By Sharofat Shafieva
KHOROG, Tajikistan (IDN) — The city of Khorog is generally clean, but it has a problem with waste management. Residents leave their garbage on the streets and especially in public places. The central market is one of the places where there is a large garbage dump.
“Passing by garbage is very unpleasant. No matter how much the administration cleans the garbage, it still collects in one day. It is especially terrible in summer when a very bad smell appears,” notes Shafoat Jafoeva a regular visitor to the market. “The waste mostly belongs to the merchants, and it would be good if the sellers of the market find a better way to manage their waste”, she adds.
A young girl of 12 years Sohibdavlat Qalandarkhonova is passionate about the environment, and she would like to help the community to appreciate the value of tackling, environmental issues taking responsibility themselves. She is also interested in crafts and recycling waste into products that can be used in everyday living.
Sohibdavlat is a 6th-grade student of the Aga Khan Lyceum here in Khorog. She became passionate about science lessons and takes extra curriculum classes on science at school. During the classes, she studies not only theory but conducts experiments as well.
“Our school has opened a mixed lab program project where we can study science. I started going to these classes and it was very interesting to me as we did various experiments. I would also make different products with hot glue, this was my favourite thing,” Sohibdavlat told IDN.
The young activist use materials such as glass, paper, cardboard, metal, textiles, batteries, as recycled products. It is in the research on recycled products that Sohibdavlat got familiar with the issue called climate change.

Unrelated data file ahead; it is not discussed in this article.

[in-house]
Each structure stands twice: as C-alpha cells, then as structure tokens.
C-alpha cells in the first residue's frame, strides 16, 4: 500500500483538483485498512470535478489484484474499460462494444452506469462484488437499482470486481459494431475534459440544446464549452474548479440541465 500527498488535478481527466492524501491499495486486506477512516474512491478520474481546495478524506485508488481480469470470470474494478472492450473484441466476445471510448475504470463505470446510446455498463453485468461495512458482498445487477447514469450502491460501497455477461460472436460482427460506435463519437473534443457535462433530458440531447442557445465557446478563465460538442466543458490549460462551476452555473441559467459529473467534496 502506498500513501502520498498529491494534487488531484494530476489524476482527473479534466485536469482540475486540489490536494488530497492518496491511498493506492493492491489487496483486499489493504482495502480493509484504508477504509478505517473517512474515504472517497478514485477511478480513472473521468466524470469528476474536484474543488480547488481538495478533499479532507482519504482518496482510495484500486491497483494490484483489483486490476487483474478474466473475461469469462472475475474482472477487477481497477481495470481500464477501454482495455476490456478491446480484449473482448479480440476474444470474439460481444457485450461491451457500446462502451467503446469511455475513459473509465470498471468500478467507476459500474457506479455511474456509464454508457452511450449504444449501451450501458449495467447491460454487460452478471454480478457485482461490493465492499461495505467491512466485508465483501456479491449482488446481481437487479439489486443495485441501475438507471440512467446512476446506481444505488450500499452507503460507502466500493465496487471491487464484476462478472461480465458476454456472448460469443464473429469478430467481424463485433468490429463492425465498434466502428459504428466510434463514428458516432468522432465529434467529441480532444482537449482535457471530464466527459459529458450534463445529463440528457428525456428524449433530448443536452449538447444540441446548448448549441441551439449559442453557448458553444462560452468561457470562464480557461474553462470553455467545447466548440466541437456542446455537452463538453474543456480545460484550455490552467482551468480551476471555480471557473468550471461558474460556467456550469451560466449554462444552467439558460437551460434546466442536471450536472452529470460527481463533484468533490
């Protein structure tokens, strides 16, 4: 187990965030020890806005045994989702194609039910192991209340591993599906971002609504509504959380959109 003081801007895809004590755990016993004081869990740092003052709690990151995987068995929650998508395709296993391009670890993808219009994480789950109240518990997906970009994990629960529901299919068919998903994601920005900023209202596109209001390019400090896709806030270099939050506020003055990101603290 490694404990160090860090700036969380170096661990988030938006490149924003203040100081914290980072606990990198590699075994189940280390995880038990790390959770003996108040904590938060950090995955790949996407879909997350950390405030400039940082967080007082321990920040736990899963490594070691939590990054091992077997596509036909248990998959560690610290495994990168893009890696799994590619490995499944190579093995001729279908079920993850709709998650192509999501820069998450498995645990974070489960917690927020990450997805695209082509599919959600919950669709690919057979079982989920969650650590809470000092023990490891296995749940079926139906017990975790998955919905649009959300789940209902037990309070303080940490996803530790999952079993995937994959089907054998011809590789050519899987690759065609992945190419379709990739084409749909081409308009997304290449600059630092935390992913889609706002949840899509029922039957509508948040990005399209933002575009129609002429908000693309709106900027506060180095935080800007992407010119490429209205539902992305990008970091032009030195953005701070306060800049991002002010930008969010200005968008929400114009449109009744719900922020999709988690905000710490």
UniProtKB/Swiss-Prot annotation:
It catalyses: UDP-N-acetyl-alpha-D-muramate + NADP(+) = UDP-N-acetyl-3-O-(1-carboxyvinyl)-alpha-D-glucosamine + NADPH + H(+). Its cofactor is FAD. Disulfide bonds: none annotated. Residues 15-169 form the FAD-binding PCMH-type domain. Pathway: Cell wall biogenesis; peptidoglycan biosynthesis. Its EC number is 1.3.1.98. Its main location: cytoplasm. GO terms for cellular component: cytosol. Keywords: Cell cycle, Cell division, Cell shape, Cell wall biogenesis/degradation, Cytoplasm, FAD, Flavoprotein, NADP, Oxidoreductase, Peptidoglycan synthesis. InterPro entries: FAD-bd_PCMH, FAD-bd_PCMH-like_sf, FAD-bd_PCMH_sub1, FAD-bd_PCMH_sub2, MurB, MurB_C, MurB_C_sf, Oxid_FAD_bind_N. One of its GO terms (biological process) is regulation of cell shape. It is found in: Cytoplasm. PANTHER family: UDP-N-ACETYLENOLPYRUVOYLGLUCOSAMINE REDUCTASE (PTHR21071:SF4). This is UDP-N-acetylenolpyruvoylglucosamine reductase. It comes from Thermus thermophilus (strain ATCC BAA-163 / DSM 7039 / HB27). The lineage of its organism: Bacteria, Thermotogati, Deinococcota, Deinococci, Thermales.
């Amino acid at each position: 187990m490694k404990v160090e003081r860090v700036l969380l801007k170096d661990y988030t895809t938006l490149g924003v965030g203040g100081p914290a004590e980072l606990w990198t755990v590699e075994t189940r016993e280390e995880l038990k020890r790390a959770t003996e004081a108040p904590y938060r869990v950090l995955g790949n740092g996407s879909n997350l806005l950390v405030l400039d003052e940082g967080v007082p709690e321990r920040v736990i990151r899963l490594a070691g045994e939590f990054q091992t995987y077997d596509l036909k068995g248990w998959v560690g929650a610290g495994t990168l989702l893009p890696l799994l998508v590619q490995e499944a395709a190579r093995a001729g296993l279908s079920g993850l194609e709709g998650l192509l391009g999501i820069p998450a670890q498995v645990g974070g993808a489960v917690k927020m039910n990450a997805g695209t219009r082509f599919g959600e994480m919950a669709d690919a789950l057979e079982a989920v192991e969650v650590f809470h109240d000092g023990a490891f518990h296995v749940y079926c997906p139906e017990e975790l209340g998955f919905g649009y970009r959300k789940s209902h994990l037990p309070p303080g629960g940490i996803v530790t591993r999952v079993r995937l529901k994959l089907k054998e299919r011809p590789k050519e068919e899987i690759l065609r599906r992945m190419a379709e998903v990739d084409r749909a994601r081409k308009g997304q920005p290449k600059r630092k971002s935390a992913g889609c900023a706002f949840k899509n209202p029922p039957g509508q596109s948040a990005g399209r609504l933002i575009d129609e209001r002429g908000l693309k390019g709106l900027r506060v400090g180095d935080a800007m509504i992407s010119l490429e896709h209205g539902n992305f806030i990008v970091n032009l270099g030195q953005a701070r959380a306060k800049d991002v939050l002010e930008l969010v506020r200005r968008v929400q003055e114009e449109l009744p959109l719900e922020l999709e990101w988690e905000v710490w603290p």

“A few years ago, a mudflow washed away a whole village in our region. I remember we had no light, and everyone said that the mudflow blocked the river road and the river could flood other villages and even Khorog,” recalls Sohibdavlat about her harrowing experience that woke her up to the dangers of climate change. “Later, I learned from adults that our climate is getting hot, then that the emission of gases in to the atmosphere is getting bigger. Ice in our mountains melts due to high temperatures and forms a mudflow.”
Knowing more about the consequence of climate change and the problems that may arise in the future, she began to worry about the environment in her city. Sohibdavlat’s first idea was that she should stop polluting the environment by throwing garbage into the river and other places. Moreover, she wanted to raise awareness among her classmates as well.
During the extra classes on science, she made different crafts. Her mentor told her about eco-activism and advised her to use plastic bottles instead of wasting paper while she is doing crafts. From this, the idea of eco-friendly campaign among children was born, on which Sohibdavlat and her mentor began to work.